Is a public finance professor who specialises in Islamic finance really the CV that jumps out at you for Egypt’s critical post of finance minister?
But to President Mohammed Morsi, the unknown Cairo University professor El Morsi El Sayed Hegazy was the right choice to replace Mumtaz El Saeed, an advocate of the $4.8 billion International Monetary Fund loan. El Saeed had been one of a few ministers to retain his position since his appointment to Kamal Ganzouri’s interim government in December 2011.
Hegazy, whose political experience appears to have only just started, may find it difficult to reconcile his Islamic finance specialism with the modern economic framework needed to push Egypt out of its economic lull.
In the book The Long Divergence: How Islamic Law Held Back the Middle East, author Timur Kuran argues that the real cause of underdevelopment and economic stagnation in the Middle East is the Sharia, or Islamic law. The author argues that while other countries adapted their philosophies and approach to economy according to modern times, the Middle East was very late in adopting key institutions of modern economy.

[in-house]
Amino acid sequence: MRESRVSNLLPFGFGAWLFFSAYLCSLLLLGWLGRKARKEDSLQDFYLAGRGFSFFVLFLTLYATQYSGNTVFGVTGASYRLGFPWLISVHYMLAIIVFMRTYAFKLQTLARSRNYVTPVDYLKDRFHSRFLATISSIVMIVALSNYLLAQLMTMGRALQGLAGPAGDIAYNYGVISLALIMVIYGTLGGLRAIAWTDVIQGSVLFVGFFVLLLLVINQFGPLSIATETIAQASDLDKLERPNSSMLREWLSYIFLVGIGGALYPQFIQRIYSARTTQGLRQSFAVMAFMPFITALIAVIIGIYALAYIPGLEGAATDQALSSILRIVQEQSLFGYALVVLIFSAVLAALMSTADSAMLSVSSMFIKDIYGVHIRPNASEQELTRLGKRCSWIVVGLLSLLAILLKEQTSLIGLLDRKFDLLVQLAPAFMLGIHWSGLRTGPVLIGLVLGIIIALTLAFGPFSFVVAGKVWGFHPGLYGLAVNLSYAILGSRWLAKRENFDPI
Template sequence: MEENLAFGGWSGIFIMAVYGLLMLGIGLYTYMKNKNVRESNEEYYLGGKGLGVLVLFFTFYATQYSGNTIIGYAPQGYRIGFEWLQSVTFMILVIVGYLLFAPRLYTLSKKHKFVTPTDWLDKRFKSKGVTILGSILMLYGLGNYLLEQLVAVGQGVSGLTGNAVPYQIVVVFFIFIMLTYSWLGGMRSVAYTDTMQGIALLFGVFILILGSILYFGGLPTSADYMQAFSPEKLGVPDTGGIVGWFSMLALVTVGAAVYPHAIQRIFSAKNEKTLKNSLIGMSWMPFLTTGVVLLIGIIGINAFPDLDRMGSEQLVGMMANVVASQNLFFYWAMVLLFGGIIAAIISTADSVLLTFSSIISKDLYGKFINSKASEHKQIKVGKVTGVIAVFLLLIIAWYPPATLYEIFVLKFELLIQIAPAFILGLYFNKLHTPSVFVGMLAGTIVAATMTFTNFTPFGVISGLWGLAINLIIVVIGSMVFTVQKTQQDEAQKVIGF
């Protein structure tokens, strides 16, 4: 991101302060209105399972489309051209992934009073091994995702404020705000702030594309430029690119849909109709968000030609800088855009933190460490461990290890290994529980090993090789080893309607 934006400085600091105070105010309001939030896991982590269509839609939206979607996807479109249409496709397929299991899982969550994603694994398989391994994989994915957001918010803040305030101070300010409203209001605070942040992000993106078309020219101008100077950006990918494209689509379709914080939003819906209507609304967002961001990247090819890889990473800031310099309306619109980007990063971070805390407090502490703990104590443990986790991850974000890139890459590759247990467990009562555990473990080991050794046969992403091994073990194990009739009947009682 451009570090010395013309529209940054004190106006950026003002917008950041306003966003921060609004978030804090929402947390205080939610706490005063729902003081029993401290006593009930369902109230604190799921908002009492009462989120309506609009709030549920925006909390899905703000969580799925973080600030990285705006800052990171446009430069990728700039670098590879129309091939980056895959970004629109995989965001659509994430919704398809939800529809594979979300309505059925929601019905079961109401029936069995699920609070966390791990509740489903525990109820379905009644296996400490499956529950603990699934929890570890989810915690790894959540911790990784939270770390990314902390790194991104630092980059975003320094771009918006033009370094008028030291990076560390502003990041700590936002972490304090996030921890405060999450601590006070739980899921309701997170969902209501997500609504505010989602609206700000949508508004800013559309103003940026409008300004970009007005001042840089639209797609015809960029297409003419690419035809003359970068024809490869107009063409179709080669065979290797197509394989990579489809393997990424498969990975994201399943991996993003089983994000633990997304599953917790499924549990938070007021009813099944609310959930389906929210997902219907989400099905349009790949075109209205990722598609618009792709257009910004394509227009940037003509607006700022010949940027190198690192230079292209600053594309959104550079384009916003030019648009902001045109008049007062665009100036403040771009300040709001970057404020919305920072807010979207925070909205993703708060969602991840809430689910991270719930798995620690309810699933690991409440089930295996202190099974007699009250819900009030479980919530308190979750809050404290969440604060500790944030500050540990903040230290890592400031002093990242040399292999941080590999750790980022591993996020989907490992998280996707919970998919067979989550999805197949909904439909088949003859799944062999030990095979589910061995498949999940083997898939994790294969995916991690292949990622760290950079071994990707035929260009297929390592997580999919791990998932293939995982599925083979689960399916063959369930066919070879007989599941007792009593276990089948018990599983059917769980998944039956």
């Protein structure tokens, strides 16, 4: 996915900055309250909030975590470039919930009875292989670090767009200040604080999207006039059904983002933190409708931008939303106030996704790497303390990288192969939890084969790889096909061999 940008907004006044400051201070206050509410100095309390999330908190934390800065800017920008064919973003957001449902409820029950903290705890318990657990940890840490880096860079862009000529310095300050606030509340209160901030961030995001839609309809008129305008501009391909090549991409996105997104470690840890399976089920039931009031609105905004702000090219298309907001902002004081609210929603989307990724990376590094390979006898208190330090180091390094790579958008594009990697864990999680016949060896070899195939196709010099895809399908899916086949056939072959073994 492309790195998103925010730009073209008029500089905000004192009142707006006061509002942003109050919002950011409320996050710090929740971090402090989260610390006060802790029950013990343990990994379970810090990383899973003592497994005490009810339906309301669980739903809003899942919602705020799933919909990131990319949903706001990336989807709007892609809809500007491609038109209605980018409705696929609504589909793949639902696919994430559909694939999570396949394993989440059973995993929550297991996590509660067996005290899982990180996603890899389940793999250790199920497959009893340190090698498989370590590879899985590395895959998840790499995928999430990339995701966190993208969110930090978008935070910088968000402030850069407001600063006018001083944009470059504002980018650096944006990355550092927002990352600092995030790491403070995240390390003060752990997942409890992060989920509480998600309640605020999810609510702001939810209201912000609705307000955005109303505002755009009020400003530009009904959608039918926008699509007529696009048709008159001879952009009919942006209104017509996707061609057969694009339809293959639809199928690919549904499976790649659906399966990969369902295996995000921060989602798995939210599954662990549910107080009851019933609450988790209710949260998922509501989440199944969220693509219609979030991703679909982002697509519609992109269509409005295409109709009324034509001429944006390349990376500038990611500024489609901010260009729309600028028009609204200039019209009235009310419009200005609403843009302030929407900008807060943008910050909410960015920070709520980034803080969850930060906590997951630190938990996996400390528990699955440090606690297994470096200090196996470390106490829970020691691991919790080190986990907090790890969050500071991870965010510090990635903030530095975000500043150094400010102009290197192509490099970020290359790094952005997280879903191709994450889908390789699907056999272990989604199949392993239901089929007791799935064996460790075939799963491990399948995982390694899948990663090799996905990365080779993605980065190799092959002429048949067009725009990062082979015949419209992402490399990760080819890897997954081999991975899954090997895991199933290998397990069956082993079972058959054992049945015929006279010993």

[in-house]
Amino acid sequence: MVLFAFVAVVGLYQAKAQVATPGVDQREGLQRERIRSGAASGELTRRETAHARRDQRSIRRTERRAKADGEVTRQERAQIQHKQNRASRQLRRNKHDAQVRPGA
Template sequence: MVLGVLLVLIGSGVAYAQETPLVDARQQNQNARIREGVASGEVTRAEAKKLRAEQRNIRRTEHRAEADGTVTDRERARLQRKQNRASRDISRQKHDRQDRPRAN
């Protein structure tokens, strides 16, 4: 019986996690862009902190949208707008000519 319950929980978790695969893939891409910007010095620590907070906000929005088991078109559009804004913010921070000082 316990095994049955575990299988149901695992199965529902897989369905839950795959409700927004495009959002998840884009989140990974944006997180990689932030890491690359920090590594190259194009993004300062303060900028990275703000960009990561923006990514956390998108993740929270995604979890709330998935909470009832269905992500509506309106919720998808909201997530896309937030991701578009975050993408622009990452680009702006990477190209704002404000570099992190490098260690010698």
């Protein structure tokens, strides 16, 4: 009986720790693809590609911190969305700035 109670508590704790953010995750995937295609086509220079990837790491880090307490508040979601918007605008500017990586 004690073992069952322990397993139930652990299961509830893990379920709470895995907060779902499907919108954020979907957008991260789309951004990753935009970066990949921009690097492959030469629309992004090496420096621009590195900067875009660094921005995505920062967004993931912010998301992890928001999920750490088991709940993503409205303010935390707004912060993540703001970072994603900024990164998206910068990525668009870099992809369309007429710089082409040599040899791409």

The law has not evolved and adjusted to the new world of business and finance. It’s not an impassioned critique of Islamic law but more of a reflection of how Sharia essentially lacks innovation and does not fit in to the 21st Century.
However, there is a catch to the idea as Ziauddun Sardar, who reviewed the book, writes in The Independent:
It is based on the assumption that Western financial institutions, and self-serving corporations, are the best possible model for development. Given the havoc that these institutions have caused in recent times, and the fact that injustice and obscene wealth is integral to their make-up, I think it is an assumption too far.
He adds, though “Kuran’s thesis is contentious; it does provide us with an incentive to reformulate Islamic law. It is an excellent starting-point for a debate long overdue.”
The question(s) I have is: Will Mr Hegazy be open to debate or will his thought process be driven by his boss (Morsi and the Muslim Brotherhood)?
The Morsi administration’s biggest failing has been to lead the Islamists rather than the country. There is no space for such polarization in a modern economic framework. Islamic finance is not going to save Egypt’s economy but can play a part in redefining the country’s aims – a focus on the middle and lower class rather than the rich, and a method of relieving the millions who are suspicious of conventional banks and their high interest rates.
If Egypt’s new finance minister lasts long enough to make any critical decisions, let’s hope he can think past religion to the nation.